Planned Nokesville coffee shop centered on community

By Posted on Apr 16 2021 | By

Vita Nova Creatives & Coffee will be family-run embodying its name

A “New Life” may be what most of the world is seeking as the pandemic, hopefully, lifts its lock on humanity and fades to a bad memory.

But there is a tight-knit family in southern Fauquier County that is not waiting to create a new life for themselves and their village that will help speed, in a small way, the transition back to normal.

Tom Millar, 55, and Paula Millar, 53, are the force behind the new business along with some of their children. Paula Millar homeschooled her four children. As adults, their closeness with their parents will be a gift to customers who will enjoy a home-like atmosphere in a shop with unique gifts, art, and all manner of espressos.

The store will be run by Paula Millar and her two daughters, Danielle Millar and Rebecca Ferguson, and her daughter-in-law, Jessica Millar, who is married to their oldest son Alex. Their son Jerrod is in his early twenties.

Many people had expressed interest in a local coffee shop that helped drive their dream forward. There are no comparable businesses in the area.

The shop is expected to launch with a soft opening in June after the interior build-out is completed and the procurement of coffee-making equipment, gifts, and art is done.

The 1,500 square foot shop will be located at 13059 Fitzwater Drive at the Route 28 intersection in Nokesville.

The Millar family has lived in Nokesville for 18 years. Daughters Rebecca and Danielle have worked in coffee shops bringing experience to the family’s first business venture.

“I’ve always enjoyed art and painting,” said Paula Millar. “Tom is one of the pastors at our church, Evergreen Community in Manassas, and a full-time real estate agent. I also ran a children’s church for about 20 years.”

“We considered running a coffee shop back in 2005 as I was getting close to retirement as an Air Force major,” said Tom Millar.” Today, those earlier musings are becoming a reality.

The entire family is all coffee lovers, so envisioning the next chapter of their lives as a business centered on java and art made sense.

Paula Millar had spent years tracking quaint coffee shops and checking out the atmosphere while enjoying a cuppa brew. “I loved how each one had a different vibe, a different feel.”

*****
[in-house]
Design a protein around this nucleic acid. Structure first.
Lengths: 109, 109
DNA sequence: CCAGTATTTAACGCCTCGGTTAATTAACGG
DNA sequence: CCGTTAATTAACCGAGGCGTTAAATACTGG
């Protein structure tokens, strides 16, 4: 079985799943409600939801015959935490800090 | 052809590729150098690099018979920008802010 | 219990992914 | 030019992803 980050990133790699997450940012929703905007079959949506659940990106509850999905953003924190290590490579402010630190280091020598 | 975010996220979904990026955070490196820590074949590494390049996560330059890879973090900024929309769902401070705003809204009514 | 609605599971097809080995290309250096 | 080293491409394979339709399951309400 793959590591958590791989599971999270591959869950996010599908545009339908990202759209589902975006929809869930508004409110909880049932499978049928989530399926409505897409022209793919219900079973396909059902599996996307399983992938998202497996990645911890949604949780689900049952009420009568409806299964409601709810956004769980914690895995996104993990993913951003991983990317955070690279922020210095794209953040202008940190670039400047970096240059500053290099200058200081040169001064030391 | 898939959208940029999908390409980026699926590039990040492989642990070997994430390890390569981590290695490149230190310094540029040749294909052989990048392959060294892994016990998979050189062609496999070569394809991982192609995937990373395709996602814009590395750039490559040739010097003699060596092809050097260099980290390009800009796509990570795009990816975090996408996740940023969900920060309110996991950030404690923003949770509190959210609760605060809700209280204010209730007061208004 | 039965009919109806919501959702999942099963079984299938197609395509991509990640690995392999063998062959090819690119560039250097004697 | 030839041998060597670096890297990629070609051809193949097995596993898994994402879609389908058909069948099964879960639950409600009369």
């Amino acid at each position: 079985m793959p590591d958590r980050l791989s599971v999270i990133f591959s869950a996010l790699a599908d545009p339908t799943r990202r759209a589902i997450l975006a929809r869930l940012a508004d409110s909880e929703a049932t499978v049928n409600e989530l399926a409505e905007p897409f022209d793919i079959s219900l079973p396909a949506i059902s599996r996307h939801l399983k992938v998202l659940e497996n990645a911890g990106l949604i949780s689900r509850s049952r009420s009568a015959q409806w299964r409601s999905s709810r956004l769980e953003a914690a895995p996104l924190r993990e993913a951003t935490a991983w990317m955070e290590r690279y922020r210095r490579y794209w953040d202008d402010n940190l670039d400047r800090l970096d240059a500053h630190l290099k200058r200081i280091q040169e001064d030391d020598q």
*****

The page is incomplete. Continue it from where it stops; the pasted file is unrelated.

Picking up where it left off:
Rebecca Millar echoes her mother’s feelings. “I worked in a coffee shop full-time for almost a year. It was an experience I will not forget. The relationships I built with the customers are ongoing today. The friendships, getting to know people’s names, and their daily orders was fun. I had many wonderful conversations with customers at the coffee bar.

“Relationships are important to our family. We know people are made in God’s image, and He loves them and us. To have a place where people are drawn to the coffee while enjoying a warm and welcoming atmosphere will be great.”

She underscores that, unlike major coffee chains, people visit the smaller shops to sit and talk with others while getting their coffee fix.

Paula Millar has a broad number of connections within the art community and will draw on them for many of the art items for sale.

Additionally, a line of paints will be available for restoring furniture and recycling home décor items.  Transfers, molds, stamps, and related materials for embellishing crafts, cabinets, and other furniture projects will be for sale.

The Millar’s will also be offering local artisans the opportunity to have their products in the store. Items will include pottery, painted signs, water bottles, towels, and more. “It’s an eclectic mix that works well together,” said Paula Millar.

The coffee shop area will seat up to 25 people, including a children’s play corner. There are plans to offer art painting, furniture painting, macrame, jewelry making, and more in the fall. The classes will be held after hours in the evening.

Coffee selections will also include a selection of pastries, including gluten-free and vegan choices.

The coffees will be produced using a professional espresso machine and include cappuccinos, frozen coffee beverages, and various teas.

The Millar’s volunteered the costs of starting a small venture offering a peek to others who might be considering doing something similar.

The startup costs will be about $110,000. A coffee shop consultant cost $5,000 but included the equipment; $9,000 was for the architect and about $40,000 for the interior design build-out.

The Millar’s have put $25,000 of personal funds into the shop. They also secured a $50,000 loan but are hoping not to use it all.

To further help with expenses, they created a crowdfunding page at Indiegogo.com.  People interested in supporting their efforts can make contributions at https://www.indiegogo.com/projects/vita-nova-creatives-coffee#/.

Their goal is to generate $30,000, $8,000 of which has already been raised.

The shop will be opened six days a week from 7 a.m. to 5 p.m. and closed on Sundays.

A soft opening is targeted for June and a grand opening in July. For more information on the shop, visit their Facebook page at https://www.facebook.com/search/top?q=Vita%20Nova%20Creatives%20%26%20Coffee%20.

Tom Millar said, “We love the community aspect of our new business and are looking forward to providing something the local community has been clamoring for for a long time.”


Published in a March 2021 edition of the Fauquier Times.

Categories : HAGARTY TALES